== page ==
You have a need for other people to like and admire you, and yet you tend to be critical of yourself. While you have some personality weaknesses you are generally able to compensate for them. You have considerable unused capacity that you have not turned to your advantage. Disciplined and self-controlled on the outside, you tend to be worrisome and insecure on the inside. At times you have serious doubts as to whether you have made the right decision or done the right thing. You prefer a certain amount of change and variety and become dissatisfied when hemmed in by restrictions and limitations. You also pride yourself as an independent thinker; and do not accept others’ statements without satisfactory proof. But you have found it unwise to be too frank in revealing yourself to others. At times you are extroverted, affable, and sociable, while at other times you are introverted, wary, and reserved. Some of your aspirations tend to be rather unrealistic.
That statement about you is called the Forer Effect, and I was reminded of it again while reading Cracked.com. The Forer effect refers to the tendency of people to rate sets of statements as highly accurate for them personally even though the statements could apply to many people. The above paragraph is completely generic and is used to illustrate how easily we can be convinced that vague generalities are actually accurate perceptions of our psyche. Most of us can relate to the statement above, it seems to describe us. It is the same effect that you get when you talk to a psychic, or read astrology, or practice astrotherapy. People tend to practice wishful thinking, tend to identify with generalities because we want to. We also tend to accept statements like this about ourself because they are flattering. This is the reason why people spend millions of dollars every year on the pseudosciences and on paranormal fortune-telling.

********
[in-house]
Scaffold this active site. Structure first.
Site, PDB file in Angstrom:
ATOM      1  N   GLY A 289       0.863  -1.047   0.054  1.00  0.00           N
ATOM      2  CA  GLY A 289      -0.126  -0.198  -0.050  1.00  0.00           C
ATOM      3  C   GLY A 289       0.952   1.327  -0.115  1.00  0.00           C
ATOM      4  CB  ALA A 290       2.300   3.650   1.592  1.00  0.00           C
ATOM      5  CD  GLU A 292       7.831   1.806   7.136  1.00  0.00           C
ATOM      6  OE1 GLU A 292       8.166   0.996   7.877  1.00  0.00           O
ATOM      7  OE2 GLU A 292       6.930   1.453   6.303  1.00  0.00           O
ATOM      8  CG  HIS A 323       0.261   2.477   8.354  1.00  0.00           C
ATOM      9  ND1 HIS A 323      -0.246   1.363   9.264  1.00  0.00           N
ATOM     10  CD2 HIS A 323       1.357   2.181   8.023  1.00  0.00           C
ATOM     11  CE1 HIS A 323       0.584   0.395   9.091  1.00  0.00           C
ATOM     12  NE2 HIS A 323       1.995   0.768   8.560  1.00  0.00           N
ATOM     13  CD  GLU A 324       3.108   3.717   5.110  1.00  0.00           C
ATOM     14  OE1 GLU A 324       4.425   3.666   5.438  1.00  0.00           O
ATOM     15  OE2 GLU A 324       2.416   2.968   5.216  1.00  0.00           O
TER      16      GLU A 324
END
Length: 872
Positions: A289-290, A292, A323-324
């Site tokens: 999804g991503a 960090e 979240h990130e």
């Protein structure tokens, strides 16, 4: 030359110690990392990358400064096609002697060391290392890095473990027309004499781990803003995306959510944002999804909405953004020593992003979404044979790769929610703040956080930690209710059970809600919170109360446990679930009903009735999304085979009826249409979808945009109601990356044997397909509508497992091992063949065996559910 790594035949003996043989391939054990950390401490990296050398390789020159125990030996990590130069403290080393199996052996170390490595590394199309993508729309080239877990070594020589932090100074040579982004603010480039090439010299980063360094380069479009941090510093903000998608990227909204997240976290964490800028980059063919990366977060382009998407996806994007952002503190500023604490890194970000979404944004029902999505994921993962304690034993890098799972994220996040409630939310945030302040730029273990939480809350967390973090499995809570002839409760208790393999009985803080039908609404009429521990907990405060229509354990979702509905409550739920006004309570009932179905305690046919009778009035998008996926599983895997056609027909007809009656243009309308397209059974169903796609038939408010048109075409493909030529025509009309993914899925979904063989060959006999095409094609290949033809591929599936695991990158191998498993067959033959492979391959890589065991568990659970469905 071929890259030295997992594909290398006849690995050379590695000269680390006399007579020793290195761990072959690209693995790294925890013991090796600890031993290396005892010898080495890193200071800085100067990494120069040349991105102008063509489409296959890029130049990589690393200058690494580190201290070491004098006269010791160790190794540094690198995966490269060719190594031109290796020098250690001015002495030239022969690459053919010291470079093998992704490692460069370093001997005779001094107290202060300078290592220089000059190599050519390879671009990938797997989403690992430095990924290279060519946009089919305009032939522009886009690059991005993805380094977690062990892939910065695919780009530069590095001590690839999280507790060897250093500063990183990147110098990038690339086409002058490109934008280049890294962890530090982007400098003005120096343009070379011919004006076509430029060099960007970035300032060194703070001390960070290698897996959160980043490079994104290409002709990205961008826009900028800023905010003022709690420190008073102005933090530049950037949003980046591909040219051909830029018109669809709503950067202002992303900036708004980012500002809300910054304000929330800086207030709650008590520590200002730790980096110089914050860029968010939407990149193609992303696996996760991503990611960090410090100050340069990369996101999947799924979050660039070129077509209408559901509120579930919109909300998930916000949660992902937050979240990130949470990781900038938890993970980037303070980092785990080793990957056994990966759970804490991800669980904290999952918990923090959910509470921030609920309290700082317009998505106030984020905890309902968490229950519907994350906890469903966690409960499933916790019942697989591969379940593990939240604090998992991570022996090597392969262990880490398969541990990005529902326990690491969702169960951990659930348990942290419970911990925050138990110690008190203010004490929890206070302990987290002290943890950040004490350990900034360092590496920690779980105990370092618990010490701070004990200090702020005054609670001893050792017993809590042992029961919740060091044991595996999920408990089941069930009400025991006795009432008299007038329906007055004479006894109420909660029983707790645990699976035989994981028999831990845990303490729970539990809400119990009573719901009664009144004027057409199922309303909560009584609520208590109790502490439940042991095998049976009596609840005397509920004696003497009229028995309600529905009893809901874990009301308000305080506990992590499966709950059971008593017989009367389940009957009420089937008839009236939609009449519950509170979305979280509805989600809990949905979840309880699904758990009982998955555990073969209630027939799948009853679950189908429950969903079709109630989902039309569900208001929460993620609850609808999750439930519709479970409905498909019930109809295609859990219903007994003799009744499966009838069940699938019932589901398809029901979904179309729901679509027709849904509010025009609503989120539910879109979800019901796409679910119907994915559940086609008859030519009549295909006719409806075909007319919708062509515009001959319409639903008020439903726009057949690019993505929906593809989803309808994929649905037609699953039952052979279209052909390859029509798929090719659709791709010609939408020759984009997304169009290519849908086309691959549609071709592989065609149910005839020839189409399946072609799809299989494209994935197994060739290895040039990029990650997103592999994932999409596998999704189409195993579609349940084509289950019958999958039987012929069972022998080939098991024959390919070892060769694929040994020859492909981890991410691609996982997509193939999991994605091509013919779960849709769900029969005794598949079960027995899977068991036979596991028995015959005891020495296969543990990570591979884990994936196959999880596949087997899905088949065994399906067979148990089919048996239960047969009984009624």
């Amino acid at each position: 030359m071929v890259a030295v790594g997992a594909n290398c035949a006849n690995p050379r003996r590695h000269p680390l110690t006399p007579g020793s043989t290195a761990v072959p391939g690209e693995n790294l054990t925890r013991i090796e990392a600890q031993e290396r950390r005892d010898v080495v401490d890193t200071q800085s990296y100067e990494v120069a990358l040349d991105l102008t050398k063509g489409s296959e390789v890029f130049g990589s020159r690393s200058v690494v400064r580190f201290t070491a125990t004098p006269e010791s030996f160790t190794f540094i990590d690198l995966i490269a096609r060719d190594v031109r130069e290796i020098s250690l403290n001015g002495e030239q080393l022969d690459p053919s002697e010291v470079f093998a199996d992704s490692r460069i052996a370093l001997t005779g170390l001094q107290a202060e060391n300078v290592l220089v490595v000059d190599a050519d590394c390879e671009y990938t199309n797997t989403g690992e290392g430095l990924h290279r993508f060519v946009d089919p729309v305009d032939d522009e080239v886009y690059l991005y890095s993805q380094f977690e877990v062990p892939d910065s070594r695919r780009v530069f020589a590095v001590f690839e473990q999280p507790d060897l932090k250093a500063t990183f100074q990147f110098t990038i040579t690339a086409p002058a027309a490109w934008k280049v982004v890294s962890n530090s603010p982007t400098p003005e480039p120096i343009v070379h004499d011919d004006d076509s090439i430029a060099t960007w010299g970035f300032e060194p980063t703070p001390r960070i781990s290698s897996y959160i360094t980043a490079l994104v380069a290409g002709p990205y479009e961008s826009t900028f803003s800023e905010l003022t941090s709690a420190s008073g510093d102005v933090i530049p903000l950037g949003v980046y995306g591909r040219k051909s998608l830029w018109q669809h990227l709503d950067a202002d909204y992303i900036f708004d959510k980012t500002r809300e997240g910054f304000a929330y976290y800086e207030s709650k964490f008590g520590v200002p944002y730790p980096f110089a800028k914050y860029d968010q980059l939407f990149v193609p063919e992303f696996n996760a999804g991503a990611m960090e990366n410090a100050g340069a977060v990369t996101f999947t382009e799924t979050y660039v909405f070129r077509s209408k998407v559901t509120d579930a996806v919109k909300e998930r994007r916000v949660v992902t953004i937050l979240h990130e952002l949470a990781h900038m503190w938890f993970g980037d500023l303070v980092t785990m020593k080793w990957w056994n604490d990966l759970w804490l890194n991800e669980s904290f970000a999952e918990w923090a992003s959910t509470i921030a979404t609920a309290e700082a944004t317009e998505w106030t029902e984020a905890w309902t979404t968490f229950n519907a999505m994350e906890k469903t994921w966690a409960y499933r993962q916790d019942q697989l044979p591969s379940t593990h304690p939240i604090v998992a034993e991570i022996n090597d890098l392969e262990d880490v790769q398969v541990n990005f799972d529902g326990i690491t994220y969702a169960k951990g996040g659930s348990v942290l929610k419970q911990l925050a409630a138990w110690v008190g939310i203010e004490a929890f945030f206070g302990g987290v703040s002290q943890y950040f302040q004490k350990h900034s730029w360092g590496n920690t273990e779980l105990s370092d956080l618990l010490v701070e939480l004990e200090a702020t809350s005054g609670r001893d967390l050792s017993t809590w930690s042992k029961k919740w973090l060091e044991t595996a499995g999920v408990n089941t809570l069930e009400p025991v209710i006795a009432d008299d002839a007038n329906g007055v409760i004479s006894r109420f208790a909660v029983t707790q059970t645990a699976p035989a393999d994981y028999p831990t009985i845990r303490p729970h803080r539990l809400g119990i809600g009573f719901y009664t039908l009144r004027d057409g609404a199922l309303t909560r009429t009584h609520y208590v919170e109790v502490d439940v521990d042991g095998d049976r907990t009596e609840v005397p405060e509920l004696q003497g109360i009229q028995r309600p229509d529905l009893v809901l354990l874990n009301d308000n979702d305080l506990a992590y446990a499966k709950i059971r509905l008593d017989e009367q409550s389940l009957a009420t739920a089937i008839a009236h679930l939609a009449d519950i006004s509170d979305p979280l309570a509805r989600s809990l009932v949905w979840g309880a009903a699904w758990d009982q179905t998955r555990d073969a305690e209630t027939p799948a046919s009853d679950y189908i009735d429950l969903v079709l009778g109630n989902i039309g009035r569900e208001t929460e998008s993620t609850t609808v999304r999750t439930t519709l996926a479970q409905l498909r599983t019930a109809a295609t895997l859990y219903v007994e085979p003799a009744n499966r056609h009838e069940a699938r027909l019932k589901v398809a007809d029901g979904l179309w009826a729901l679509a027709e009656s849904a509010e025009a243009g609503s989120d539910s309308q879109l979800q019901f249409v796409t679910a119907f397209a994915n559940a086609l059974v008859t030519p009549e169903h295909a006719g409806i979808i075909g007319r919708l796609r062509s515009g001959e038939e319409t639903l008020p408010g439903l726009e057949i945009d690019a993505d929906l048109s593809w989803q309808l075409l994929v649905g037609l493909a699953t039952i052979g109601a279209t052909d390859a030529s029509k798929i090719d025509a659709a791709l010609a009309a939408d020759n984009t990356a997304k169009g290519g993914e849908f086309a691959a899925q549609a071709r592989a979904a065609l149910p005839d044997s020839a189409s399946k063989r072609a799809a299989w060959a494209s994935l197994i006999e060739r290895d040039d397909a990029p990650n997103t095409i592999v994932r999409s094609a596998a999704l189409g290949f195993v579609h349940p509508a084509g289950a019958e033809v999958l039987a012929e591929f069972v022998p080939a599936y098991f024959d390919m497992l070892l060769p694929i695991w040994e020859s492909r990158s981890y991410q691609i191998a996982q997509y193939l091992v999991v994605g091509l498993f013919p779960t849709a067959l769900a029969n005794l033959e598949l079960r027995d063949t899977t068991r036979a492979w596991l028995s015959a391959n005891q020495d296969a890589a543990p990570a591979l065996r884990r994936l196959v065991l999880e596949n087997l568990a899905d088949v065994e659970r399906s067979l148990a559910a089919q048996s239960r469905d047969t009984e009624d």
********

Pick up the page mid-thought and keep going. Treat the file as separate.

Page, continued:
This is also the reason why most counseling doesn’t work.
There is a tendency in all of us to believe what we want to believe. We are tempted to seek out someone to confirm what we already believe about ourselves. Many of us are also seeking someone to give us permission. I cannot tell you how many times I have been confronted by persons who have come to me hoping to coerce me to tell them it is ok to do whatever it is they are already contemplating, no matter how destructive.
Here is a typical example that counselors are confronted with all the time: You want to have an affair and you are convinced that, in spite of the overwhelming evidence that things will not end well, this time it will be different. You want to believe that you are special, that you are the exception to the rule.
But you aren’t.
None of us are. We are all bound by the same cause and effect rules, the same fallibility, the same propensity to lie to ourselves when we really want something. I know this because I am not the exception either. I have done things, and said things, and contemplated things that I suspected were not in my best long-term interest but I did them anyway because I wanted to and on some level I was engaging in wishful thinking.
Counseling often doesn’t work because you have come to the appointment knowing what you are going to do already because you are convinced that you understand the situation better than I do. In some very legitimate terms you are correct. The problem arises from the fact that you know the situation too well, are too involved. You cannot see the forest for the trees, as the old saying goes. That is the reason that unpacking your problems with someone who is knowledgeable and empathetic can be such a valuable experience. Einstein said it so well when he said, “You cannot solve a problem from the same consciousness that created it. You must learn to see the world anew.” He was profoundly right. We are all tempted to believe our own bullshit.